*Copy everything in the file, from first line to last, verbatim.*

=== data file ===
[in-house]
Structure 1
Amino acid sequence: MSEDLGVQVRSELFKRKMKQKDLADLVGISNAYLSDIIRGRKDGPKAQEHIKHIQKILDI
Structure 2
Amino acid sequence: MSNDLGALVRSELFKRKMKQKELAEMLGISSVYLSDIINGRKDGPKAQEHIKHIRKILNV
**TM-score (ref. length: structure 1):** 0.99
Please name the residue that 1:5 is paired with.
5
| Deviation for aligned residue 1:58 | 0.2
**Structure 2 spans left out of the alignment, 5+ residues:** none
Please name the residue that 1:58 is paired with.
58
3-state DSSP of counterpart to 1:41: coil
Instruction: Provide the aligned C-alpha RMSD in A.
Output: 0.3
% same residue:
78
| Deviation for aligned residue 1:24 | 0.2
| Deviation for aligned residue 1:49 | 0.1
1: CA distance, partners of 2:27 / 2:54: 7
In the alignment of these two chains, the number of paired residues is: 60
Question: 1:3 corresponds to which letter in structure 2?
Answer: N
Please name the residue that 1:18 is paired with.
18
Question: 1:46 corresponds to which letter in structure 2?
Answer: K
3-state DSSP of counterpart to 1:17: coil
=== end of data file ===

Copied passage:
[in-house]
Structure 1
Amino acid sequence: MSEDLGVQVRSELFKRKMKQKDLADLVGISNAYLSDIIRGRKDGPKAQEHIKHIQKILDI
Structure 2
Amino acid sequence: MSNDLGALVRSELFKRKMKQKELAEMLGISSVYLSDIINGRKDGPKAQEHIKHIRKILNV
**TM-score (ref. length: structure 1):** 0.99
Please name the residue that 1:5 is paired with.
5
| Deviation for aligned residue 1:58 | 0.2
**Structure 2 spans left out of the alignment, 5+ residues:** none
Please name the residue that 1:58 is paired with.
58
3-state DSSP of counterpart to 1:41: coil
Instruction: Provide the aligned C-alpha RMSD in A.
Output: 0.3
% same residue:
78
| Deviation for aligned residue 1:24 | 0.2
| Deviation for aligned residue 1:49 | 0.1
1: CA distance, partners of 2:27 / 2:54: 7
In the alignment of these two chains, the number of paired residues is: 60
Question: 1:3 corresponds to which letter in structure 2?
Answer: N
Please name the residue that 1:18 is paired with.
18
Question: 1:46 corresponds to which letter in structure 2?
Answer: K
3-state DSSP of counterpart to 1:17: coil